People talking in a cafe

Referrals – what’s the catch?

I’ve been thinking a lot about referrals this week. I’m trying to figure out how I feel about them – so forgive my unformed rambling here, as it is a product of my musings. Referrals can almost seem to be a double-edged sword. I’m not talking about formal references or testimonials, which, lets face it, can tend to be a little contrived. I mean the type of recommendation you make about an individual, (‘you should hire Jenny Jones – she’s a good fit for you business and does good work’), or a business – (‘I’ve used Alphabet Soup Copy Writers a few times now – they’re not the cheapest, but they understand my needs and deliver on their promises). Despite the incongruity of it, there do appear to be some tacit disadvantages to receiving a recommendation.Well – maybe they’re not outright disadvantages, but lets call them mixed messages, about the merits of recommendations – especially in the context of  personal referrals. Seems weird, right? Surely a recommendation is a good thing. For businesses, this seems almost unequivocally true: if someone recommends your business, there’s a significantly increased chance that you will gain a customer. I know I always ask for referrals if I’m looking for a business or service provider. It makes my life a whole lot easier. At the same time, I also wonder if there is an underlying assumption that a business is being recommended primarily because of a relationship between the business and the recommender? Can we wholly trust a recommendation from a mate or family member? I guess it depends on that person’s integrity – would they recommend the business of a friend, even if it’s not one of the best – just because of  the friendship? How do we tak

Well – maybe they’re not outright disadvantages, but lets call them mixed messages, about the merits of recommendations – especially in the context of  personal referrals. Seems weird, right? Surely a recommendation is a good thing. For businesses, this seems almost unequivocally true: if someone recommends your business, there’s a significantly increased chance that you will gain a customer. I know I always ask for referrals if I’m looking for a business or service provider. It makes my life a whole lot easier. At the same time, I also wonder if there is an underlying assumption that a business is being recommended primarily because of a relationship between the business and the referrer? Can we wholly trust a recommendation from a mate or family member? I guess it depends on that person’s integrity – would they recommend the business of a friend, even if it’s not one of the best – just because of  the friendship? How do we take this into account when selecting a business? Maybe its dependent on the relationship and level of trust you have in the person making the recommendation.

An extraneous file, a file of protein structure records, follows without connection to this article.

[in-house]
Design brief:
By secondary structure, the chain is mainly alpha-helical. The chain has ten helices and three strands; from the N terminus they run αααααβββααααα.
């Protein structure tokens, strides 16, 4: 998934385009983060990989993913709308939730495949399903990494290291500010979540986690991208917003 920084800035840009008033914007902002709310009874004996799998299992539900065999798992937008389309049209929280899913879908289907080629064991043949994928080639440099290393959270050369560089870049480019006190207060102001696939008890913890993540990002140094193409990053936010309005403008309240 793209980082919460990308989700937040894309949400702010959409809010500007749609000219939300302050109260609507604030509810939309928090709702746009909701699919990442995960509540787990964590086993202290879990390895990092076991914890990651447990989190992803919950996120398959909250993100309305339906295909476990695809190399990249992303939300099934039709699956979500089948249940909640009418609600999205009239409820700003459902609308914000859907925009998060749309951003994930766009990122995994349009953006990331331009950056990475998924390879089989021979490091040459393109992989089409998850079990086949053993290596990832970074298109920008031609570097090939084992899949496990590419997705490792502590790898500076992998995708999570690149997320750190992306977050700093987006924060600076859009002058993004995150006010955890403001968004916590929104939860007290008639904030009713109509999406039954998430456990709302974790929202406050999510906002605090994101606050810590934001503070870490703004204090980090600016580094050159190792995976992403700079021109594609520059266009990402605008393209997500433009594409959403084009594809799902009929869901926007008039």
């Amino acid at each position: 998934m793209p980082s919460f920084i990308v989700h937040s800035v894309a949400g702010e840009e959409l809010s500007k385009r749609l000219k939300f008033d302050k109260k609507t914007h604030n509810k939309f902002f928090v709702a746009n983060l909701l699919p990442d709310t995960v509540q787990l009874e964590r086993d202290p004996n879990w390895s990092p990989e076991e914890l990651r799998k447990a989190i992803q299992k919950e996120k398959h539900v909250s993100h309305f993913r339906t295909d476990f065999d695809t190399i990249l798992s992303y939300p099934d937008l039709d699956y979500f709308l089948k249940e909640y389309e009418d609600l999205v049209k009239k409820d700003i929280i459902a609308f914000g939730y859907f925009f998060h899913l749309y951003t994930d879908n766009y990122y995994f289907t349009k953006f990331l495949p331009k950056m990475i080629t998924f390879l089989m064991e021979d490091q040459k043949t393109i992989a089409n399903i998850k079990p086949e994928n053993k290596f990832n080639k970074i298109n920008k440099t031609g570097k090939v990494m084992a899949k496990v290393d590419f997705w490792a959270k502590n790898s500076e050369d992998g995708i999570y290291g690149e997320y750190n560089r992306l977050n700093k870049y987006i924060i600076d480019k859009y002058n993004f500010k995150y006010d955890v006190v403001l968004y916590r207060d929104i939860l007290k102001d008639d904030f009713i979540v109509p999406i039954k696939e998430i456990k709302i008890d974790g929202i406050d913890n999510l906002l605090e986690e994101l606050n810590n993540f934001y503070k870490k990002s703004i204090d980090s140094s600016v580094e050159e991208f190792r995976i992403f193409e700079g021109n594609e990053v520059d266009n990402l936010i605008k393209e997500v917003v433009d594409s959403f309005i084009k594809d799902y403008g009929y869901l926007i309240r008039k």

When it comes to recommending or referring individuals for roles with employers, there are some that hold the opinion that if the recommended person gets the job, they had it easy, or got an inside run. That they didn’t win the job on their own merits. This was certainly an attitude that was taken during my brief stint as an executive recruiter in another lifetime (yes, yes, I know – I still feel dirty). We were encouraged to find out how a candidate secured each new role and if they were simply appointed internally, or through the recommendation of a current or former colleague – especially if there was no due process –  it kind of counted as points against them. Worse still if it was a former colleague who re-hired them in a new organisation.

Is it reasonable to think this way? Doesn’t a recommendation offer some peace of mind to the potential employer (or client, in the case of a business referral)? Where did the opinion come from that jobs stemming from referrals are easily won?  Isn’t taking on board the recommendation of  a trusted colleague who has previously worked with an individual or business actually an exercise in risk mitigation by taking away some of the guesswork of a new association?

And from the perspective of the person or business being recommended, doesn’t it place a whole lot of extra pressure on them to shine? Otherwise they risk making both themselves and their generous associate look like noobs.

Perhaps the suspicion around recommendations is connected to the various ‘jobs for mates’ scandals we have seen over the years in Australian politics. I’m not sure if it exists in other countries. Maybe it’s the Australian tall poppy syndrome kicking in.

One should be honoured, of course, to receive a recommendation from a respected colleague. But it does leave you wondering: ‘could I have done it on my own?’ On the other hand, in the long run, didn’t you do it on your own anyway? Surely that employer or client would not have chosen you or your business if they didn’t like what you had to offer – regardless of your respected colleague waxing lyrical about your exceptional abilities.

And you know what? Maybe it’s ok not to do it on your own. Maybe the whole point of success (whatever that means) is that it is seldom achieved solo or in isolation.

What do you think about referrals and recommendations?